Wednesday, October 19th, 2011, 9:30 a.m. – 6:00 p.m.
Location: Department of Social and Cultural Analysis, 4th floor of 20 Cooper Square, New York University, New York, NY 10003 (map)

9:30am: Introductory Remarks

10:00am -12:00pm: When Environmentalism Kills
Breaking the Silence: State Violence against Triquis Women of Oaxaca, Natalia De Marinis, CIESAS (Center for Research and Doctoral Studies in Anthropology), Mexico
Feminist ‘Sorority’ Against Feminicide: Natural Resources, Militarization, and the ‘Project Mesoamerica’ (Plan Puebla-Panamá), Norma Iris Cacho Niño, Organizer with the Marcha Mundial de las Mujeres en México (World March of Mexican Women, Mexico Branch)
Geopolitics of Emancipations, Ana Esther Ceceña, Director of the Institute for Economic Research (IIEC) at the Universidad Nacional Autónoma de México (UNAM)
A Continent Under Threat: The Eagle Spreads it Wings, Rodrigo Yedra Rodríguez, Researcher, Geopolitical Observatory for Latin America at the IIEC, UNAM
Chair and Commentator: Marisa Belausteguigoitia, Director Programa de Estudios de Genero (PUEG) UNAM

12:00pm – 2:00pm: Lunch

2:00pm – 4:00pm: Appropriate Knowledges and Gender Conservation
Appropriating Territory: Women’s Spaces in the Conservation and Management of the Environment, Martha Eugenia Villavicencio Enríquez, Consultant with Women’s Indigenous Organizations, Chiapas, Mexico
Gendered Knowledges and the Conservation of Biocultural Diversity: Resisting World Bank Supernational Projects, Alberto Betancourt Posada, Professor, Faculty of Arts and Sciences, UNAM
Tseltal Women in Chiapas: Food Autonomy and the Transformation of Gender Politics, Magali Barreto Avila, Researcher, Institute of Anthropological Investigation, UNAM
Race, Indigeneity, and Gender in a New Post-Colonial Conservation Territory: Some Notes from the Maasai Steppe Heartland, James Igoe, Anthropology Department, Dartmouth University
Chair and Commentator: Iván González Márquez, Anthropology Department, Universidad Autónoma Metropolitana, Unidad Iztapalapa

4:00pm – 6:00pm: Indigenous Territorial Rights Revisited
Territory: Indigenous and Western Juridical Concepts Before the Resolutions of the OAS’s Inter-American Court of Human Rights, x’Rosalbaek Sakubelnichim, Doctoral Student, Law School, University of Salamanca, Spain
Defending Indigenous Territorial Rights and the Struggle for Resources in the Lacandon Jungle, Miguel Angel A. García Aguirre, Co-Founder of NGO Maderas del Pueblo del Sureste, A.C., Chiapas, Mexico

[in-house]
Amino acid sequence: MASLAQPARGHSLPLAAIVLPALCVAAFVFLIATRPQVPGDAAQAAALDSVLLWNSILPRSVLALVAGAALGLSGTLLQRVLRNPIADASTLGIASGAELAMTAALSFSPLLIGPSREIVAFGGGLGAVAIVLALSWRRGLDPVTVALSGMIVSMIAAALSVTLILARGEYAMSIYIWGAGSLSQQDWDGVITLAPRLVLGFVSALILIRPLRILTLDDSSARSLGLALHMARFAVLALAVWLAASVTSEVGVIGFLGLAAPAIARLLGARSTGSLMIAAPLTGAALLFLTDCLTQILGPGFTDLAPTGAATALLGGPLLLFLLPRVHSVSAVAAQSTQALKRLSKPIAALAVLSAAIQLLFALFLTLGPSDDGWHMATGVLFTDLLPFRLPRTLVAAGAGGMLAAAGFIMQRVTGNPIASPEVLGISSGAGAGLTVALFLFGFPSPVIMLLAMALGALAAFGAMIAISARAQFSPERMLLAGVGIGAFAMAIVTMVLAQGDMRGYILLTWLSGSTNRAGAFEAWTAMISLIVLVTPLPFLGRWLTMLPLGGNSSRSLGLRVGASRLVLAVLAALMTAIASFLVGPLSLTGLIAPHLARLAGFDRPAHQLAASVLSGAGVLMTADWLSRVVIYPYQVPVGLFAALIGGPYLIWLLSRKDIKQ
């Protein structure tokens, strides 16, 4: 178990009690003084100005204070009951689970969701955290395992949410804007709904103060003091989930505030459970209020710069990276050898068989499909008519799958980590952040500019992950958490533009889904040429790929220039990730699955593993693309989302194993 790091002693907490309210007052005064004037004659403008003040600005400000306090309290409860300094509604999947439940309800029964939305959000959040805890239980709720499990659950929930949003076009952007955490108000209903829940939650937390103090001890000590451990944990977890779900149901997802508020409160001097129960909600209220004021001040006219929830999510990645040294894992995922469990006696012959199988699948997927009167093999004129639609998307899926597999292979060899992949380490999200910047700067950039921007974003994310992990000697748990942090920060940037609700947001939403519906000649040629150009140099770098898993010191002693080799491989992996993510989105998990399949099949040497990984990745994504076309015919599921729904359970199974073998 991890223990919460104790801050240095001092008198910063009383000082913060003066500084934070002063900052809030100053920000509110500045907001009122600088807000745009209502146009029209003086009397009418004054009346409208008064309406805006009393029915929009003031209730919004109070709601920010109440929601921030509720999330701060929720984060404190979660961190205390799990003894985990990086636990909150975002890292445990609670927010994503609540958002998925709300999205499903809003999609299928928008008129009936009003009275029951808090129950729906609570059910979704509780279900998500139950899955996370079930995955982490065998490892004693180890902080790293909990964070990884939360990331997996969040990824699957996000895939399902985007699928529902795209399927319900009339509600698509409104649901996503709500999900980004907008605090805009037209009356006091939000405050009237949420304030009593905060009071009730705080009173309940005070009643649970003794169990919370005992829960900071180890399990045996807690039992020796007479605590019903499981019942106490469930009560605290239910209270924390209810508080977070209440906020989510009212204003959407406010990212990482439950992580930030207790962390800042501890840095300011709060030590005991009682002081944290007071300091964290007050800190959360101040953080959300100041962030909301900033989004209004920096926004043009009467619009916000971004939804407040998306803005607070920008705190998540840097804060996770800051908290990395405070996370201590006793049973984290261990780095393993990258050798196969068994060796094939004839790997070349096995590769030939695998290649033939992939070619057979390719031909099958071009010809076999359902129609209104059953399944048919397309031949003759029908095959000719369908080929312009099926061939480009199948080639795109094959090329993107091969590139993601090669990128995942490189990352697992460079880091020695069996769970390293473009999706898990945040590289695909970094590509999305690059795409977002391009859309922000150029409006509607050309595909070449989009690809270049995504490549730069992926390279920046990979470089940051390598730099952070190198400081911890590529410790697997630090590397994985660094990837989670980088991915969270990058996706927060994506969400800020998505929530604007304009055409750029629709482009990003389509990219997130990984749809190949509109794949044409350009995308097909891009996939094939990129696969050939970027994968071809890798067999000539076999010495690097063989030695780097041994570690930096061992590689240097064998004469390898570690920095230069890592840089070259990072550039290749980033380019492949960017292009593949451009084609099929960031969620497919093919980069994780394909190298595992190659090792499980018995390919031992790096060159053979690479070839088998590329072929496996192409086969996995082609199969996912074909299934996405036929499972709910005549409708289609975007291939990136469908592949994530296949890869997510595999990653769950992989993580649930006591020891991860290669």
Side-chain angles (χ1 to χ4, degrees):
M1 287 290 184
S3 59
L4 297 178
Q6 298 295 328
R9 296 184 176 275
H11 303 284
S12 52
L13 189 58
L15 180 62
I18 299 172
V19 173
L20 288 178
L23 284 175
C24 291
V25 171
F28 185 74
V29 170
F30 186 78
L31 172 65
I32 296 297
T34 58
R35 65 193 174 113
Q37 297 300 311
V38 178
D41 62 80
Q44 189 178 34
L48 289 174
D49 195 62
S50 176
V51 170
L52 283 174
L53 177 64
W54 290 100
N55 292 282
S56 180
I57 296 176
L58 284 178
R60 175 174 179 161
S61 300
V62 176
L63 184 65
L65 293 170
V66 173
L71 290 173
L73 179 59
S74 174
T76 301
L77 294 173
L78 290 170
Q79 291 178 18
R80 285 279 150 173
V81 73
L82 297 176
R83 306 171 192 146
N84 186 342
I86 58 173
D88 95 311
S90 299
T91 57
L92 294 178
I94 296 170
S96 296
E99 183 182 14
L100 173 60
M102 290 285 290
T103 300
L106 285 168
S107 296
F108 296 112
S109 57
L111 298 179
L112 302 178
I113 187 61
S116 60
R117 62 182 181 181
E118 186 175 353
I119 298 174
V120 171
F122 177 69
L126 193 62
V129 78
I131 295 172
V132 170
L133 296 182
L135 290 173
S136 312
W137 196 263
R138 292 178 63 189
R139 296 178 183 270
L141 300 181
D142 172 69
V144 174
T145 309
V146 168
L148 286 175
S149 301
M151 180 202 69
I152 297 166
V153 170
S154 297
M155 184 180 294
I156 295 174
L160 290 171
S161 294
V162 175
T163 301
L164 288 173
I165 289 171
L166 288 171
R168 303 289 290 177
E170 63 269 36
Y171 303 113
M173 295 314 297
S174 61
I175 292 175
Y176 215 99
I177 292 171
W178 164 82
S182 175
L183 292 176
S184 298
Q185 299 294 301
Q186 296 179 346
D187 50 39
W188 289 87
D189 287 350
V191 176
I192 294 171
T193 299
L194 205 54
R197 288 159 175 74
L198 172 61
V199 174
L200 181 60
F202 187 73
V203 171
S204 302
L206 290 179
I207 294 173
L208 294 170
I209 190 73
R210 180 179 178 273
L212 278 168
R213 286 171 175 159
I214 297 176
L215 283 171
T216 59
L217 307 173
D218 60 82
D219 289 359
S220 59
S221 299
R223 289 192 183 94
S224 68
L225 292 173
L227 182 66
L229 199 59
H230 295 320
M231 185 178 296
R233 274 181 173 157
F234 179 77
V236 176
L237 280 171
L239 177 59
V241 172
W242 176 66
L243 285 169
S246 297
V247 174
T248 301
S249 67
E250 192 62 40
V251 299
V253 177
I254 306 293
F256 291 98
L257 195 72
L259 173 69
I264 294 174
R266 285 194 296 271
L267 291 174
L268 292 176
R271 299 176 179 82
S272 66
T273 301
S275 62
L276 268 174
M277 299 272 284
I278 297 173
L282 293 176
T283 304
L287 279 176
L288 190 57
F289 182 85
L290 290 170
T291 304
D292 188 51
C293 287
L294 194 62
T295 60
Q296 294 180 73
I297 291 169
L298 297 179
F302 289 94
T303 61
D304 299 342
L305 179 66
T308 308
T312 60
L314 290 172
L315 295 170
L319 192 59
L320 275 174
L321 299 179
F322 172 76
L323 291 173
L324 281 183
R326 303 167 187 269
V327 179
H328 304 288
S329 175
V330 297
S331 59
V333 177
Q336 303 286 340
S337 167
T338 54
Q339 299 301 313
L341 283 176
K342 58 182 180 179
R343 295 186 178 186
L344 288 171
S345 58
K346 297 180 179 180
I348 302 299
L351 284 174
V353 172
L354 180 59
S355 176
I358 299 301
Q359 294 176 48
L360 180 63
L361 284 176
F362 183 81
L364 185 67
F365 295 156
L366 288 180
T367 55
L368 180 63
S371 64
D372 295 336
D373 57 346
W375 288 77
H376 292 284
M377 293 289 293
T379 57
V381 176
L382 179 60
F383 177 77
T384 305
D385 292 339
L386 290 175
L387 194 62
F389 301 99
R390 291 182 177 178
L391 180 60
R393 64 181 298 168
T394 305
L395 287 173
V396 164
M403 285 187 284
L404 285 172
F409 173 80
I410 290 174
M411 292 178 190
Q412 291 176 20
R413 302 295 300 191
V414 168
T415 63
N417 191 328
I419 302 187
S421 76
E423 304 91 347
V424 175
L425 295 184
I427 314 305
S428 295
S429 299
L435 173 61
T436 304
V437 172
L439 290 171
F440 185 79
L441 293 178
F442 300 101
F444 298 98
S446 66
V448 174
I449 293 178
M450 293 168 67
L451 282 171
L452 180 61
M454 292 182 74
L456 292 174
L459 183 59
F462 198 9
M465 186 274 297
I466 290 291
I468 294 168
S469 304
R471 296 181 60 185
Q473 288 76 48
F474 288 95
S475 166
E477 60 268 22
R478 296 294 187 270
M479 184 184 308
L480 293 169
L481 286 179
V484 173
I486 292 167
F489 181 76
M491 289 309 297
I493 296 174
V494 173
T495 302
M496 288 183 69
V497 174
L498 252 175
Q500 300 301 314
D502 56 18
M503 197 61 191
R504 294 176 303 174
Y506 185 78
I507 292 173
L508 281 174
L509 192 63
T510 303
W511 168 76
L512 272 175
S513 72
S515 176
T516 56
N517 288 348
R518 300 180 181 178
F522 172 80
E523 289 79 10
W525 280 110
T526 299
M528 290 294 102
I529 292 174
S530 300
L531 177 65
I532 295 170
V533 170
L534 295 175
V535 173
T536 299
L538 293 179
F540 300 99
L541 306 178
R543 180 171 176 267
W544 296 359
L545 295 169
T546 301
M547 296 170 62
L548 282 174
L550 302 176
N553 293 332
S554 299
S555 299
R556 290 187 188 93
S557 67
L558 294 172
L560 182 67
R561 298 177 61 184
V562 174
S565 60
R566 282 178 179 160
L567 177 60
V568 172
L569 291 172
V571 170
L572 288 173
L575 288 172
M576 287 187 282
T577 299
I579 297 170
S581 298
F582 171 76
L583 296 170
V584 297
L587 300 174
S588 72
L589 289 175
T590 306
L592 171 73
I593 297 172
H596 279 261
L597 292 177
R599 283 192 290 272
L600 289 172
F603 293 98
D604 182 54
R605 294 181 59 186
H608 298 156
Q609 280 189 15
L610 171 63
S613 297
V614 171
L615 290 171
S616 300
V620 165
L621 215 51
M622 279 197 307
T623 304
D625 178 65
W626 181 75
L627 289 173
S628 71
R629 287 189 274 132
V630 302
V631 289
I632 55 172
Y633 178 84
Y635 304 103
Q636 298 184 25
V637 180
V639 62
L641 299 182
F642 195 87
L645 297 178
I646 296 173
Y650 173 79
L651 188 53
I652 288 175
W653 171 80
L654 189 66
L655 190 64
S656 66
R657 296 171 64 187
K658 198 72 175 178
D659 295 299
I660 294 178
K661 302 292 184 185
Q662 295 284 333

Defending Common Lands, June Nash, Anthropology Department, City University of New York (CUNY), Graduate Center
Reworking Patriarchy: Gender, race and land registration in the Honduran Rio Platano Biosphere Reserve, Sharlene Mollett, Geography Departmet, Darmouth University
Chair and Commentor: TBA

Co-sponsored by the Humanities Initiative at NYU, the Institute for Latin American Studies (ILAS) at Columbia University, the NYU Dean for the Humanities, the NYU Native Studies Forum, the NYU Department of Anthropology, Metropolitan Studies at NYU, the NYU Department of Social and Cultural Analysis, the Center for the Study of Gender and Sexuality at NYU, and the Research Center for Leadership in Action at NYU.

Upcoming Conference

Injured Cities, Urban Afterlives
Conference at Columbia University
October 14-15, 2011
Miller Theater and Wood Auditorium

See all program information at http://socialdifference.org/injuredcities/

This conference, convened on the tenth anniversary of the events of September 11, 2001, aims to explore the effects of catastrophe on cities and their inhabitants, to analyze the politics of shock and terror states use in response to their vulnerability, and to imagine more life-affirming modes of redress and re-invention.

The focal point of the conference will be the September 11, 2001 Oral History Narrative and Memory Project of Columbia’s Oral History Research Office, an oral history archive of 600 life stories of diverse New York City communities. The collection documents the multiple ways that “difference” – in the form of geography, cultural memory, ethnic identity, class, gender, generation, religious and political affiliation – affects how individuals are subject to and assign meaning to historical catastrophe, both immediately after the event and in the months and years following.

The conference will begin with a morning panel that lays the groundwork for the discussions we hope to stimulate throughout the two days. Panel One, “Injured Cities/ Threshold Catastrophes” will address the temporality of urban catastrophe, looking both at the populations that are most vulnerable and most deeply affected by injury — those on the threshold of catastrophe, to borrow a term from Israeli theorist Ariella Azoulay — and at ‘wounded cities’ in the aftermath. Panelists are urban sociologist Saskia Sassen, cultural theorist Azoulay and cultural geographer Karen Till.